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Our dear green place

Glasgow is the perfect city for COP26.

Newsletter from 29 October 2021

Daniel Defoe was a spy and trader as well as a travel writer, so he got to know the world pretty well. In the early 1700s, he reported on a trip to Glasgow, finding it ‘the cleanest and beautifullest, and best-built city in Britain, London excepted’. According to some etymologists, the word Glasgow has Celtic roots, and means ‘green hollow’ or ‘dear green place’.

This makes Glasgow the perfect place to hold a climate summit. In the 20th century, the city’s reputation fell: in the 1960s, it was famed for gangs, unemployment and industrial decline; and in the 1990s, it was defined by low life expectancy and an urban environment pockmarked with demolition sites. This city knows the human costs when policy fails, an economy tanks and the environment is damaged.

The root causes go back decades—to the loss of the shipping industry in the 1960s. My own travels to the city introduced me to people for whom work vanished and who took solace in drink and heroin. The East End of Glasgow bears the brunt of the low life expectancy that has resulted (hover over the points in the chart above to find the district). Drug deaths in Scotland, a large share of them Glaswegian fatalities, continue to rise.

In the new issue of our printed magazine, launching on Wednesday 3 November, our writers show that policy is failing on a global scale. The evidence comes from first-hand experience, including Jane Goodall’s 60 years of primate research and Mya-Rose Craig’s knowledge of life in rural Bangladesh. And it comes from cutting-edge scholarship using reams of data and the latest modelling. Whatever the methodology, the story is the same: the climate crisis is not something on the horizon, it started years ago and we are doing too little to battle it.

We are making catastrophic measurement errors. Ilan Noy’s article on extreme weather notes that this year’s spring was the earliest since records began in Kyoto. The records go back 800 years. He explains how outdated analysis means we underestimate the costs. Some of the charts and data are devastating: based on current trends, in 2050 by weight, there will be more plastic in the ocean than fish. A proper calculation of all the costs—health, economic, social—that come with environmental damage would demand we do more.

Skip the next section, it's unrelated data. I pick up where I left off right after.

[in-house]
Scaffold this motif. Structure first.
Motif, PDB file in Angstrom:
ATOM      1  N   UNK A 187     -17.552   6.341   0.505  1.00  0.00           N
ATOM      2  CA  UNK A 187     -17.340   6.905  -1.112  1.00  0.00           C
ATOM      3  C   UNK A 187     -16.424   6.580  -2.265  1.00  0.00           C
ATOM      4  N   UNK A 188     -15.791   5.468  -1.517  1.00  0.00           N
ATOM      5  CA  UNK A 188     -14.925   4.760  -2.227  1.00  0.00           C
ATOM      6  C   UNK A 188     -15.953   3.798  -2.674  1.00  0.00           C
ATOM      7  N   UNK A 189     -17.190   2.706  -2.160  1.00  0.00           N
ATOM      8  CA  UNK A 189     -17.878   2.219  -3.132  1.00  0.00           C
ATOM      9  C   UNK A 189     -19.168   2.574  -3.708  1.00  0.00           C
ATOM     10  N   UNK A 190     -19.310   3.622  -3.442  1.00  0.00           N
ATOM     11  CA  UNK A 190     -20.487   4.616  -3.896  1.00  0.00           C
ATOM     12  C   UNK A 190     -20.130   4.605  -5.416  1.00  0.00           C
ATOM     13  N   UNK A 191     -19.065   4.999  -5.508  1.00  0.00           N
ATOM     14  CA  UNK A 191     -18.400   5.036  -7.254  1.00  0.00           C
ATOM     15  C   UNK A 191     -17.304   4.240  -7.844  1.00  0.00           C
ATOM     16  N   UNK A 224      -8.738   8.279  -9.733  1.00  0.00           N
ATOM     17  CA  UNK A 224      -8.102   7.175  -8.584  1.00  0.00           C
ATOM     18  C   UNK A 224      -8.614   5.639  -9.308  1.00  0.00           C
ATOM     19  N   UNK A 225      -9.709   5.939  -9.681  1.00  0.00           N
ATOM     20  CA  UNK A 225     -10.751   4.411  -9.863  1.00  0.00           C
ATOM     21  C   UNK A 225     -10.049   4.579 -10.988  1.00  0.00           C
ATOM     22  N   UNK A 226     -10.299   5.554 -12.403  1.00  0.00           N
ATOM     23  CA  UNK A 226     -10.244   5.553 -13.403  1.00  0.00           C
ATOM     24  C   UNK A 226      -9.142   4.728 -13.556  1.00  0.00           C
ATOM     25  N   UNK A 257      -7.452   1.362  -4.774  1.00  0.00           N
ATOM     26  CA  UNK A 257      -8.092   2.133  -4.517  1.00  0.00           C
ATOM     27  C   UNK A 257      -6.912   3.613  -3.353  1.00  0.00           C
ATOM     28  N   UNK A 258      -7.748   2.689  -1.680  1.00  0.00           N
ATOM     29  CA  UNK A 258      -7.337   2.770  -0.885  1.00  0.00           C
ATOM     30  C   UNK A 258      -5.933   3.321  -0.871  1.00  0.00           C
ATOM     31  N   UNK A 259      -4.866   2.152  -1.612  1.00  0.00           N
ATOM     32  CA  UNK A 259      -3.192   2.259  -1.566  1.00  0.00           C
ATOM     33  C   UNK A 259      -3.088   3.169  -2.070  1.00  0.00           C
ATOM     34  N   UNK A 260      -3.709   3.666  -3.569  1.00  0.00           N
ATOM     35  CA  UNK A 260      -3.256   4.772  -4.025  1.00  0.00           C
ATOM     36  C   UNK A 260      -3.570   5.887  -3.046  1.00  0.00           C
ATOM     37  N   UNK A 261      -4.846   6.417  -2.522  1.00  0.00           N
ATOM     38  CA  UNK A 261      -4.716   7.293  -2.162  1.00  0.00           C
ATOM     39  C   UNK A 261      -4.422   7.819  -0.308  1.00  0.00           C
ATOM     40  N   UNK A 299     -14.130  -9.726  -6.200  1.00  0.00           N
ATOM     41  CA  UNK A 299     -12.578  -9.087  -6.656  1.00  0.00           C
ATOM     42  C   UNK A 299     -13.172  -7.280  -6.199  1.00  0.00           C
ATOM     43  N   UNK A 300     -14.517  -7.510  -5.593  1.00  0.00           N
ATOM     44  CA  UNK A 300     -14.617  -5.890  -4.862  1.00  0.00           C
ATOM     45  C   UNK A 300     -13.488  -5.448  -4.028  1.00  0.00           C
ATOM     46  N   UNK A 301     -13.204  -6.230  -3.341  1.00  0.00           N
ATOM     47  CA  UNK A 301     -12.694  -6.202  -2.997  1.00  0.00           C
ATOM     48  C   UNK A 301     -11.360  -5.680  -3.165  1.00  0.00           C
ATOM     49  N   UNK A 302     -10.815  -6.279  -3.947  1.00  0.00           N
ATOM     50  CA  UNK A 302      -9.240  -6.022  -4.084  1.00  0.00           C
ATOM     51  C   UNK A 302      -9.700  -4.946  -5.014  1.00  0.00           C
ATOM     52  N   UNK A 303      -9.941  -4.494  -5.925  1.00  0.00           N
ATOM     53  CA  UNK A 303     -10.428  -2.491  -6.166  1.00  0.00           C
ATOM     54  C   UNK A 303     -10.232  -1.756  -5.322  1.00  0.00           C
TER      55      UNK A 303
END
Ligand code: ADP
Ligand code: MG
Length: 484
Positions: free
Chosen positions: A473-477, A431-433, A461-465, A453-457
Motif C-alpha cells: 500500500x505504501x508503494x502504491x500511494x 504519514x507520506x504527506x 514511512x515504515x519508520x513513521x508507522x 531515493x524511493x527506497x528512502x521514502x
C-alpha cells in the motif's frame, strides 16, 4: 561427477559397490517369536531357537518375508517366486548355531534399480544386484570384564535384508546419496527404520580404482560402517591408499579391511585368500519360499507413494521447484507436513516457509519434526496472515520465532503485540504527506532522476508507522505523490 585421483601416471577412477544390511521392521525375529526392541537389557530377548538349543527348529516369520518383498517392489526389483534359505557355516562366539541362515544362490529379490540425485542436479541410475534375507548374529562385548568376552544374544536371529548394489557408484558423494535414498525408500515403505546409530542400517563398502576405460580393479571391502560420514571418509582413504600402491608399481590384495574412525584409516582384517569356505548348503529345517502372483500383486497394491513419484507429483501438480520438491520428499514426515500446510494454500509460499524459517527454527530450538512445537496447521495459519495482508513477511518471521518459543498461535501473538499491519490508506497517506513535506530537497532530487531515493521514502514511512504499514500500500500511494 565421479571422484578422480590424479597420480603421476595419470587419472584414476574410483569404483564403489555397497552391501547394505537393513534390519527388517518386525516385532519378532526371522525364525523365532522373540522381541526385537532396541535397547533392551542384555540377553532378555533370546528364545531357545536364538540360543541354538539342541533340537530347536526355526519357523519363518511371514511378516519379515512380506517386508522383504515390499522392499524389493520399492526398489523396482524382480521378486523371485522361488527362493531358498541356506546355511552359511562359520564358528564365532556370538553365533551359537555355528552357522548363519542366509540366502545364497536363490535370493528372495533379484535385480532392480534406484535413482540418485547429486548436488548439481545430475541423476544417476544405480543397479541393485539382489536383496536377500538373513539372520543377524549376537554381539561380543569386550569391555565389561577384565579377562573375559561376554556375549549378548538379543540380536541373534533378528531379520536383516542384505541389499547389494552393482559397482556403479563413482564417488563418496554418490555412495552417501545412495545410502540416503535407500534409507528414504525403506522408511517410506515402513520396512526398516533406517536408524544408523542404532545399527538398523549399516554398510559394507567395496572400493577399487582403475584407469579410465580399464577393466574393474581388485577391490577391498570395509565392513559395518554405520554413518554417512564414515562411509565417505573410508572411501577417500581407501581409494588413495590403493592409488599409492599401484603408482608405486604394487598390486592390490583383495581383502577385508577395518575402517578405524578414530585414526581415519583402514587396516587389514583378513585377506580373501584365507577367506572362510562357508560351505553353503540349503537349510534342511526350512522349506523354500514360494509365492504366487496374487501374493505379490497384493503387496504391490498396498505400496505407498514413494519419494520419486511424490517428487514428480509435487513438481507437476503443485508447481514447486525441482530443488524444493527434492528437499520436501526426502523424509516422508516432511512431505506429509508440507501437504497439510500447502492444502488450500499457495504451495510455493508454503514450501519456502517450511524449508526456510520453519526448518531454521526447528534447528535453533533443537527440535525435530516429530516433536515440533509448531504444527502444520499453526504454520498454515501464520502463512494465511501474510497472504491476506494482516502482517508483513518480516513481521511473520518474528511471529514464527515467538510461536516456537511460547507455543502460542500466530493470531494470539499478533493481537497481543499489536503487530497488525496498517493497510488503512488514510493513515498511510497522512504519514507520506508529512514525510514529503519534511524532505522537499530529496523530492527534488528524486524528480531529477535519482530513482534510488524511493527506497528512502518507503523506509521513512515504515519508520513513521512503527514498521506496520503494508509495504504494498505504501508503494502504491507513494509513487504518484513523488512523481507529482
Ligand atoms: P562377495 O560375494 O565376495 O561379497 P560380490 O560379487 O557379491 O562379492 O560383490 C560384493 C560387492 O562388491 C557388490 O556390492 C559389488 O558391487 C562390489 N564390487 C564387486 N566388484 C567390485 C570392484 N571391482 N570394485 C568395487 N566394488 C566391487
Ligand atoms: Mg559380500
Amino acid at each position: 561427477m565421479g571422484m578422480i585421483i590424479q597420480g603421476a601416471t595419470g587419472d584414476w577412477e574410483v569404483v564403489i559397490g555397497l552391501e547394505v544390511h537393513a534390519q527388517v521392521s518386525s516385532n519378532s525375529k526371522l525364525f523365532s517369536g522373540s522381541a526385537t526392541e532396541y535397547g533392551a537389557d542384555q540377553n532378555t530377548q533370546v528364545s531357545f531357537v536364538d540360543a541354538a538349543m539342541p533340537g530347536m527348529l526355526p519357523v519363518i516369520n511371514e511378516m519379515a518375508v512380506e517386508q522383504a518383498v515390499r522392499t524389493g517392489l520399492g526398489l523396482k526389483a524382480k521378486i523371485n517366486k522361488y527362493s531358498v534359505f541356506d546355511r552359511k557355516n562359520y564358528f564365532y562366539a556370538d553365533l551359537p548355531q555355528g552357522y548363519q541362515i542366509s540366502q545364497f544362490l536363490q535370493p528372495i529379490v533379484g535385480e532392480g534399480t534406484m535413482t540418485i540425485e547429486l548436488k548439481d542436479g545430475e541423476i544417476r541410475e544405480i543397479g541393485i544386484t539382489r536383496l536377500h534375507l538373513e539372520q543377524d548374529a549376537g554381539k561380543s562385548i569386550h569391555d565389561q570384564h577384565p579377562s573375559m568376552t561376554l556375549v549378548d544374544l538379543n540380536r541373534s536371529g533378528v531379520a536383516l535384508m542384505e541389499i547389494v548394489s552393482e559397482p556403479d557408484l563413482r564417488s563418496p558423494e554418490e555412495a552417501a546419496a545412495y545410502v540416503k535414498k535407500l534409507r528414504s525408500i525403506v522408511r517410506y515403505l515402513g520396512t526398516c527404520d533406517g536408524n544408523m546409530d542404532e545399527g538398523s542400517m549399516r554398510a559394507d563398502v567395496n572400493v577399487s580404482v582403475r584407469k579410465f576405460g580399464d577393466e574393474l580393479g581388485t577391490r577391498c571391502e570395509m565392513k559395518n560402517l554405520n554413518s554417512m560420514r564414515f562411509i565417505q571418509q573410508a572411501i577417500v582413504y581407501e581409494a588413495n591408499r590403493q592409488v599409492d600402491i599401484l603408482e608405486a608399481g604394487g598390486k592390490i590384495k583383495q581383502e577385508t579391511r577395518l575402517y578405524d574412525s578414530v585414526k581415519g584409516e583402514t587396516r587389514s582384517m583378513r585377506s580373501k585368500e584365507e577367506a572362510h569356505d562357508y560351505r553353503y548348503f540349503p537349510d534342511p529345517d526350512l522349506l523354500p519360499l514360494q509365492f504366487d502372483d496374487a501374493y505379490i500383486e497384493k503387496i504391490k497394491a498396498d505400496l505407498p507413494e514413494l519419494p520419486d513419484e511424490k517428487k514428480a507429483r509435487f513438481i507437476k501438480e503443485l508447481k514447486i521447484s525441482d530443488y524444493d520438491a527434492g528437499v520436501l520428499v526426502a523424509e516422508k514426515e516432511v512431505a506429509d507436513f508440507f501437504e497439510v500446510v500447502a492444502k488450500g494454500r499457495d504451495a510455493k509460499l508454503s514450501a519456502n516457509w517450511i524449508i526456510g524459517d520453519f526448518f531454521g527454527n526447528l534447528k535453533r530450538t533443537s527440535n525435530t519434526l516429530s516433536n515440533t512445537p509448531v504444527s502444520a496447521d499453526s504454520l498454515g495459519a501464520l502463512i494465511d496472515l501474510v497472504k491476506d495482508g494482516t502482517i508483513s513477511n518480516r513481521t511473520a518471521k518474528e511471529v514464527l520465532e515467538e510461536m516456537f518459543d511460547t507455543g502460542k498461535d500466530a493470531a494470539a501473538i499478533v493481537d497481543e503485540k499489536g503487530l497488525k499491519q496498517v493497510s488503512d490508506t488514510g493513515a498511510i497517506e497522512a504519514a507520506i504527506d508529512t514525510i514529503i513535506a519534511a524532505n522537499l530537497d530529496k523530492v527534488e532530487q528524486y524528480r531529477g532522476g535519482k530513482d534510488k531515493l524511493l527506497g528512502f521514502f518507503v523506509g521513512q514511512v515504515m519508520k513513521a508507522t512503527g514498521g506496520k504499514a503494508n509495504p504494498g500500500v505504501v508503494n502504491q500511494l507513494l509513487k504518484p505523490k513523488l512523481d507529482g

But taking action will be hard, as tensions quickly emerge. The UK’s wealth rests on the historic use of coal, as John Turner explains, and so telling lower-income countries to clean up is tough. Carbon taxes work—they push up the cost of fossil fuels—but this hurts the rural poor.

Against all the odds, there are reasons for optimism. People, firms and governments all like things that are cheap. And as Dimitri Zenghelis shows, the price of clean energy is tumbling: simply cutting costs is the new way to be green. But a sustainable economy be a just one: by carefully picking through the policy detail, Cristina Peñasco and colleagues plot a route forward. And while Glasgow bears the scars of its past, it is once again known for its innovation, green parks, and the arts. The dear green place is a city that offers both warnings and reasons to hope.

Observatory news

  • We are up in Glasgow next week for COP26, running an event in partnership with the University of Glasgow and the Government Economic Service. To find out more about the event, click here.
  • As part of the event, we will be launching the next issue of our magazine, ECO. To order a free copy, click here. Digital copies will also be available from Wednesday 3 November.
  • Don’t forget to sign up for our conference in November – Talking Economics.
  • If you haven’t done so already, please fill out this short survey and let us know how we are doing. It shouldn't take more than 5-10 minutes and will be incredibly helpful as we continue to develop the Economics Observatory.
Author: Richard Davies
Picture by Roman Akash on Unsplash
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